The House Plant

by Chandra Sundeep
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Cover image of The house plant by Jeremy Ray

The House Plant by Jeremy Ray is just 31 pages short, and yet the author packs in so much without wasting a single word.

This short story is sensitive and humorous in its own unique way. The narrative inspires one to explore beyond the societal definitions of beauty and happiness. The story has an unusual protagonist, and it deals with love, kindness, death, grief, hope, and sadness in an extremely meaningful and touching manner.

The prose flows freely, and I finished reading the story in a single sitting. It is difficult for readers to connect with characters in a short story format, but that was not the case here. I could see, feel, and hear the characters here despite the short length. George, the fern, Brenda, and her family’s emotions and lives are well portrayed.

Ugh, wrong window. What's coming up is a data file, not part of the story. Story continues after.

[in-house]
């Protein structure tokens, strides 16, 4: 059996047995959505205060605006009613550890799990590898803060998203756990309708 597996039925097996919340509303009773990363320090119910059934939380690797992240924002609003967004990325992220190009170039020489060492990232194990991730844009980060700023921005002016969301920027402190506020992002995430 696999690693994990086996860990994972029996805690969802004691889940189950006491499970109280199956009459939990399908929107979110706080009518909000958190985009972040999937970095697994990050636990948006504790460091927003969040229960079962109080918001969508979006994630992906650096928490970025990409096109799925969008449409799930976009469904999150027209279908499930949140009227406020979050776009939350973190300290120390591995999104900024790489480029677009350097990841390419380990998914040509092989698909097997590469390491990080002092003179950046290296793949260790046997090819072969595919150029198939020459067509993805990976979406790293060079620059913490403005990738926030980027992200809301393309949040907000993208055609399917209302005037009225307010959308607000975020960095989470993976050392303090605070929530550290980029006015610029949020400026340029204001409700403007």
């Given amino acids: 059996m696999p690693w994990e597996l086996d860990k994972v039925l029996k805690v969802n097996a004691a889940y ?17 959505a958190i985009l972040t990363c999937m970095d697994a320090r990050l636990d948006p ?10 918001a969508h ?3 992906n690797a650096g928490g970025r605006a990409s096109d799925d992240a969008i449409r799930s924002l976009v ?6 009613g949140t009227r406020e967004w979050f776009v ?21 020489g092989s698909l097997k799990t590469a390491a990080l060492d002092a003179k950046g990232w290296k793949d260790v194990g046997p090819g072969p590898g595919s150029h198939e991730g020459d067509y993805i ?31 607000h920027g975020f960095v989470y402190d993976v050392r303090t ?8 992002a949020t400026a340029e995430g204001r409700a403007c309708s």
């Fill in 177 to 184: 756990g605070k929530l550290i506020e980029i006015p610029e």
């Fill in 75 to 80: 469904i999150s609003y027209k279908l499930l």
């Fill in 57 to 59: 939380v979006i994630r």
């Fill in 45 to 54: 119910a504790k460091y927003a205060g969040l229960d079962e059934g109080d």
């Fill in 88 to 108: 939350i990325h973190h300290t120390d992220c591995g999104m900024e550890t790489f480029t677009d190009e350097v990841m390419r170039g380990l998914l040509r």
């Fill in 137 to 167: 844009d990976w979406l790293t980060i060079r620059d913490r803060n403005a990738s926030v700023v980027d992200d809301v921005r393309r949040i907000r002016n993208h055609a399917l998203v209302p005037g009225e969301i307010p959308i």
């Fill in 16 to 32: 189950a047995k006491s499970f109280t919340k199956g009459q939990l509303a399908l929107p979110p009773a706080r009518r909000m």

Ray’s writing is powerful, and I loved the choice of the narrator and the lovely ending. The unexpected twist and its impact on the plant really tore me up.

I highly recommend The House Plant. It is a quick read, and even if you are not a fan of short stories, you will enjoy this. It is both sad and uplifting at the same time.

 

Wordsopedia Rating 5/5

 

Title: The House Plant Author: Jeremy Ray
Publisher: Infinite Ray Publishing Publication date: December 14, 2020
Genre: Fiction–Contemporary Format: Kindle
ASIN: ‎ B08P64T6J7 No. of Pages: 31

Buy your copy here on Amazon

About the author

Jeremy Ray graduated from Carnegie Mellon University with a MFA in Dramatic Writing. He is the recipient of the Max K. Lerner Playwriting Fellowship for his play Boiling Point and the Shubert Playwriting Fellowship for his play Sisters of Transformation. His work has been performed at the Kennedy Center in Washington DC, and his screenplays have placed in the PAGE International Screenwriting Awards Competition, The Academy Nicholl Fellowship, and the ScreenCraft Drama Contest.

However, he most enjoys writing prose. As an indie horror author with a penchant for jumping genres, Jeremy finds he learns best by throwing himself into stories outside of his comfort zone.

Get in touch with the author on his website.

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